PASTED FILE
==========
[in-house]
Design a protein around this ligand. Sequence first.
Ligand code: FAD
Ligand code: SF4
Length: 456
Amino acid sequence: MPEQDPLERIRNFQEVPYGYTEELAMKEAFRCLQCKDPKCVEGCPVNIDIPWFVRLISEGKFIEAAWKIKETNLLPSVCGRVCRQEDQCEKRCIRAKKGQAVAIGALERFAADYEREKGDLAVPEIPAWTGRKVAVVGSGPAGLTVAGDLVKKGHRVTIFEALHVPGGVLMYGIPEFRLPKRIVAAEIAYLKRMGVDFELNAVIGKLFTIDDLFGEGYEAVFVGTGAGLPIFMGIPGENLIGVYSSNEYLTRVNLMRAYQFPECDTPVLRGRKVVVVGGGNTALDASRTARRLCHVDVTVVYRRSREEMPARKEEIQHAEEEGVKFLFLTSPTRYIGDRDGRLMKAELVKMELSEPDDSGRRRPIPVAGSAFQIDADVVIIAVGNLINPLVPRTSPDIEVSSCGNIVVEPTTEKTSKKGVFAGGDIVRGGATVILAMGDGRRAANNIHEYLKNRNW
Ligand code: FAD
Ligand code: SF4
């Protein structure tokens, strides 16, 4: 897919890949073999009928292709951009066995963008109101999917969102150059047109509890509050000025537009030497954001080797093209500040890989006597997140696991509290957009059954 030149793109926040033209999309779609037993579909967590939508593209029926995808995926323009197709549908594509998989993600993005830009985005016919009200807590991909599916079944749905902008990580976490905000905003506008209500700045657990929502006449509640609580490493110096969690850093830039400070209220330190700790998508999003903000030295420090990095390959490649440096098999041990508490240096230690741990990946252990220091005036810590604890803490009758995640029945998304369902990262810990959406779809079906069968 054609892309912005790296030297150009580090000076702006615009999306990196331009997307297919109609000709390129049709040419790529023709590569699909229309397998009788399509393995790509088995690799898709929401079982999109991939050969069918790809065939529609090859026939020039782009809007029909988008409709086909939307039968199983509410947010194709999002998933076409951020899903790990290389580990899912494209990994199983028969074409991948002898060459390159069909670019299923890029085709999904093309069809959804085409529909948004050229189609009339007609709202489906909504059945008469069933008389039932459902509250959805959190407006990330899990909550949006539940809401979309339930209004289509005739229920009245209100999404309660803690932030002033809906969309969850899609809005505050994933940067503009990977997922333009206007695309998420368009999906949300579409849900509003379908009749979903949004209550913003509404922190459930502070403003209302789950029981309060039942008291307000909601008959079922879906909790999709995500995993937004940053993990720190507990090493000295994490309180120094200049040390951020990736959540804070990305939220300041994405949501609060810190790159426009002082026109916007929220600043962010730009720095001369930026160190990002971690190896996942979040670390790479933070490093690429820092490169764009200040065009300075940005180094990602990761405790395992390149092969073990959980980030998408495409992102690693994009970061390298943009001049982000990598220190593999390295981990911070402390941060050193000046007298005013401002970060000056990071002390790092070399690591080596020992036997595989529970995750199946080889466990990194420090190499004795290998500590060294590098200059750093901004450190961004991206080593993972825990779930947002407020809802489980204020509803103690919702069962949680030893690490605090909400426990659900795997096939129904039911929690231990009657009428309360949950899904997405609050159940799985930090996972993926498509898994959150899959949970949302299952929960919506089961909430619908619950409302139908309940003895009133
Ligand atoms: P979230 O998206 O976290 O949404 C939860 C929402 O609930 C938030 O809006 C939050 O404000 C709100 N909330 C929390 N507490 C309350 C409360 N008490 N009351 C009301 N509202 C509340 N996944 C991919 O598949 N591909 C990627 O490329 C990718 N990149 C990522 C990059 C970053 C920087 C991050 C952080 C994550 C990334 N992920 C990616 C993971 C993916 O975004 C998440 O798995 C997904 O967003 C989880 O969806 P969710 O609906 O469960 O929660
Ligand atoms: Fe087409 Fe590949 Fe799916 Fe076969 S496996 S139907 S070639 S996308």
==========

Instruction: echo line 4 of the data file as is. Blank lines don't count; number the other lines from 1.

Ligand code: SF4